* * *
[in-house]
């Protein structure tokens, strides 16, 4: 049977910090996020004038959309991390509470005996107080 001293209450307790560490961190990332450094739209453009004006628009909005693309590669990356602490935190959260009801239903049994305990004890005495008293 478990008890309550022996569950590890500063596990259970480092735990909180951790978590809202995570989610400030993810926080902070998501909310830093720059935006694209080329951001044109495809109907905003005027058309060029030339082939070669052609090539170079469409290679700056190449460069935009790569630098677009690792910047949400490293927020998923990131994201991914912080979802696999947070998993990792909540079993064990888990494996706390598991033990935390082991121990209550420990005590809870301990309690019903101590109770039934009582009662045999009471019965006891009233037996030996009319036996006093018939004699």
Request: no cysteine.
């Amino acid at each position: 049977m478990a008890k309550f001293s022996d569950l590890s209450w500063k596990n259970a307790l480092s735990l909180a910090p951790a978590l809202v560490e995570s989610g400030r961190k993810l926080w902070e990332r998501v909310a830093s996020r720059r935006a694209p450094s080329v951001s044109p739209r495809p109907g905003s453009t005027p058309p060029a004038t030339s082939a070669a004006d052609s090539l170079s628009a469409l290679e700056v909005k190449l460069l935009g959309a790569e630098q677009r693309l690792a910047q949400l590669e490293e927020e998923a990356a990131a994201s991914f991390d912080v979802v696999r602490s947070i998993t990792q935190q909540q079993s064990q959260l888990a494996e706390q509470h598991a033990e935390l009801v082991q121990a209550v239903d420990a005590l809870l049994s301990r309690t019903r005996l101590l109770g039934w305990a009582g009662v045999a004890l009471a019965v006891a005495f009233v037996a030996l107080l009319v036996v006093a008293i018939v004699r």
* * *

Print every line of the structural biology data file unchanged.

[in-house]
């Protein structure tokens, strides 16, 4: 049977910090996020004038959309991390509470005996107080 001293209450307790560490961190990332450094739209453009004006628009909005693309590669990356602490935190959260009801239903049994305990004890005495008293 478990008890309550022996569950590890500063596990259970480092735990909180951790978590809202995570989610400030993810926080902070998501909310830093720059935006694209080329951001044109495809109907905003005027058309060029030339082939070669052609090539170079469409290679700056190449460069935009790569630098677009690792910047949400490293927020998923990131994201991914912080979802696999947070998993990792909540079993064990888990494996706390598991033990935390082991121990209550420990005590809870301990309690019903101590109770039934009582009662045999009471019965006891009233037996030996009319036996006093018939004699």
Request: no cysteine.
């Amino acid at each position: 049977m478990a008890k309550f001293s022996d569950l590890s209450w500063k596990n259970a307790l480092s735990l909180a910090p951790a978590l809202v560490e995570s989610g400030r961190k993810l926080w902070e990332r998501v909310a830093s996020r720059r935006a694209p450094s080329v951001s044109p739209r495809p109907g905003s453009t005027p058309p060029a004038t030339s082939a070669a004006d052609s090539l170079s628009a469409l290679e700056v909005k190449l460069l935009g959309a790569e630098q677009r693309l690792a910047q949400l590669e490293e927020e998923a990356a990131a994201s991914f991390d912080v979802v696999r602490s947070i998993t990792q935190q909540q079993s064990q959260l888990a494996e706390q509470h598991a033990e935390l009801v082991q121990a209550v239903d420990a005590l809870l049994s301990r309690t019903r005996l101590l109770g039934w305990a009582g009662v045999a004890l009471a019965v006891a005495f009233v037996a030996l107080l009319v036996v006093a008293i018939v004699r």